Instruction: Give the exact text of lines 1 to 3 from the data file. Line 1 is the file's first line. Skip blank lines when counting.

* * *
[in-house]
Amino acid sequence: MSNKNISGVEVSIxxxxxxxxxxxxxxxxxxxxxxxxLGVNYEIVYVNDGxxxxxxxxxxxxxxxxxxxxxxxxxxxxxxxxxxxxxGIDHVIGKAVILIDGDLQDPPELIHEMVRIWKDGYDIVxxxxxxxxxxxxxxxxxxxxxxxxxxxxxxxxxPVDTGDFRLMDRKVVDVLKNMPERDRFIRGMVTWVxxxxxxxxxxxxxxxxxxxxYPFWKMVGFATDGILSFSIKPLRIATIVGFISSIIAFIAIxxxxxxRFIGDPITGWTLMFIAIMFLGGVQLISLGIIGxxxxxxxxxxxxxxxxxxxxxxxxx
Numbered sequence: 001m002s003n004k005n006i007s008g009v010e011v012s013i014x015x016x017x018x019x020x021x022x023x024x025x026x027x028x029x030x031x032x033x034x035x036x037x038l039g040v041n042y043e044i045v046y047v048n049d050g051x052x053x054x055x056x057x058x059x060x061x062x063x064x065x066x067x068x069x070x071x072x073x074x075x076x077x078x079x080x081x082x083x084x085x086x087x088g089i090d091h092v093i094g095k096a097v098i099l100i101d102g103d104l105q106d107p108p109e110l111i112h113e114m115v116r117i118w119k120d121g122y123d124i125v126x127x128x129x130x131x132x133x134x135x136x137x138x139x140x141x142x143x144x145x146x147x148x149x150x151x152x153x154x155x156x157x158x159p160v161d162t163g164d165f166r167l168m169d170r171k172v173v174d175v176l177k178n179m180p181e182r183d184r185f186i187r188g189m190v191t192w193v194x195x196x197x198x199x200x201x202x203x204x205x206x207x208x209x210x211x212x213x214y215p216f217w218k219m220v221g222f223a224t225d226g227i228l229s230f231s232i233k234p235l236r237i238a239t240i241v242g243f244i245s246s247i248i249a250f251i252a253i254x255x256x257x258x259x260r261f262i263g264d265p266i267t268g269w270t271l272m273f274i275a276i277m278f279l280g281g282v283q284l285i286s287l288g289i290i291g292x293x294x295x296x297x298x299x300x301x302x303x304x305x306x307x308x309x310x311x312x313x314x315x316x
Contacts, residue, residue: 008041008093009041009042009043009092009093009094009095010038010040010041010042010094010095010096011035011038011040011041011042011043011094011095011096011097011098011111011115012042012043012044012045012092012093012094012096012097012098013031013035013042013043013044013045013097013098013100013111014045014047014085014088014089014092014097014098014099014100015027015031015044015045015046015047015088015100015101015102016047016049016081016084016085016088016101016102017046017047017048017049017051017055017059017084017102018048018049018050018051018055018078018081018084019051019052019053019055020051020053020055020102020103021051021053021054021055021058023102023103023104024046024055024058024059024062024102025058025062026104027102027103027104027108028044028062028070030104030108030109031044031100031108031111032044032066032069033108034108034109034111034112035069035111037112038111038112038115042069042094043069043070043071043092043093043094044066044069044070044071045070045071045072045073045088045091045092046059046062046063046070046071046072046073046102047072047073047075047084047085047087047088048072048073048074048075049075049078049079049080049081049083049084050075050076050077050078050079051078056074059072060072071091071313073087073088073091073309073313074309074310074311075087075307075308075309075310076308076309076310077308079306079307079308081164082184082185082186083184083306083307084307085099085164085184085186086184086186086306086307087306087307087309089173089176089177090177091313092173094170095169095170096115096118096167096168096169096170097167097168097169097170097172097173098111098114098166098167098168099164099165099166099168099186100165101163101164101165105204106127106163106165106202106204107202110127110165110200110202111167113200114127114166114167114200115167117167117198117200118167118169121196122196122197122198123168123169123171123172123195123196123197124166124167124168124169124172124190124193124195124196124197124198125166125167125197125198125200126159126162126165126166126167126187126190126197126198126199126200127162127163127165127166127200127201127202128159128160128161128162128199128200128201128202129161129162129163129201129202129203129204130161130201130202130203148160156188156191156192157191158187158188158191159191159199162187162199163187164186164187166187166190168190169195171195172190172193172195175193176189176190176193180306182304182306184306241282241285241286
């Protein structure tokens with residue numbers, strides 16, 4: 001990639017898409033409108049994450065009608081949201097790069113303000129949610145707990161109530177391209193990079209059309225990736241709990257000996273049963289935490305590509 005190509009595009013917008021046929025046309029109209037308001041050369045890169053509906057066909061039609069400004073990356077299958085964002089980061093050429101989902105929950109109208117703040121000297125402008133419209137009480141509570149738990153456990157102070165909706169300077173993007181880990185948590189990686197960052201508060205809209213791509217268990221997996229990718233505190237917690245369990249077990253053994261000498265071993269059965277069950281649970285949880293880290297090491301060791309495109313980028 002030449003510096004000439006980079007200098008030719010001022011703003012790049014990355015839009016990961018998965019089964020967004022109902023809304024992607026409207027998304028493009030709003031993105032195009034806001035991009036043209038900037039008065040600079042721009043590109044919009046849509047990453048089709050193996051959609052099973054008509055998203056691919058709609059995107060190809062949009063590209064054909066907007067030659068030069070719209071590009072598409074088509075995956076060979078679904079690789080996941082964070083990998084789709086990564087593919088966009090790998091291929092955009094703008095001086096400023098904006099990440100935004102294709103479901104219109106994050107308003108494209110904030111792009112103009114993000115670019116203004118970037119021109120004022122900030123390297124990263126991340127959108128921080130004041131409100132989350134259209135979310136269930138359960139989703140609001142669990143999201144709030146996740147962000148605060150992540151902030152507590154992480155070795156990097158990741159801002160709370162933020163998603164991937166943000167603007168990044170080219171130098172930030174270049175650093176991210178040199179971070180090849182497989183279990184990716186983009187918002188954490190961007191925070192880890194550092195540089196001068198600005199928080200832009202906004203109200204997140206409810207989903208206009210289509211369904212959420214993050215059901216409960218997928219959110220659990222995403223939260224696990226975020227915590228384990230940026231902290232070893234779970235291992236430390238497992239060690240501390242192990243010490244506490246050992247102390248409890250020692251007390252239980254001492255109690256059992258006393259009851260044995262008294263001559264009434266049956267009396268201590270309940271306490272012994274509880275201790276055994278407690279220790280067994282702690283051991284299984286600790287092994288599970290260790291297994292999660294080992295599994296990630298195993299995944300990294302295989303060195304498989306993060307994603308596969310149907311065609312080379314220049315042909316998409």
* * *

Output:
[in-house]
Amino acid sequence: MSNKNISGVEVSIxxxxxxxxxxxxxxxxxxxxxxxxLGVNYEIVYVNDGxxxxxxxxxxxxxxxxxxxxxxxxxxxxxxxxxxxxxGIDHVIGKAVILIDGDLQDPPELIHEMVRIWKDGYDIVxxxxxxxxxxxxxxxxxxxxxxxxxxxxxxxxxPVDTGDFRLMDRKVVDVLKNMPERDRFIRGMVTWVxxxxxxxxxxxxxxxxxxxxYPFWKMVGFATDGILSFSIKPLRIATIVGFISSIIAFIAIxxxxxxRFIGDPITGWTLMFIAIMFLGGVQLISLGIIGxxxxxxxxxxxxxxxxxxxxxxxxx
Numbered sequence: 001m002s003n004k005n006i007s008g009v010e011v012s013i014x015x016x017x018x019x020x021x022x023x024x025x026x027x028x029x030x031x032x033x034x035x036x037x038l039g040v041n042y043e044i045v046y047v048n049d050g051x052x053x054x055x056x057x058x059x060x061x062x063x064x065x066x067x068x069x070x071x072x073x074x075x076x077x078x079x080x081x082x083x084x085x086x087x088g089i090d091h092v093i094g095k096a097v098i099l100i101d102g103d104l105q106d107p108p109e110l111i112h113e114m115v116r117i118w119k120d121g122y123d124i125v126x127x128x129x130x131x132x133x134x135x136x137x138x139x140x141x142x143x144x145x146x147x148x149x150x151x152x153x154x155x156x157x158x159p160v161d162t163g164d165f166r167l168m169d170r171k172v173v174d175v176l177k178n179m180p181e182r183d184r185f186i187r188g189m190v191t192w193v194x195x196x197x198x199x200x201x202x203x204x205x206x207x208x209x210x211x212x213x214y215p216f217w218k219m220v221g222f223a224t225d226g227i228l229s230f231s232i233k234p235l236r237i238a239t240i241v242g243f244i245s246s247i248i249a250f251i252a253i254x255x256x257x258x259x260r261f262i263g264d265p266i267t268g269w270t271l272m273f274i275a276i277m278f279l280g281g282v283q284l285i286s287l288g289i290i291g292x293x294x295x296x297x298x299x300x301x302x303x304x305x306x307x308x309x310x311x312x313x314x315x316x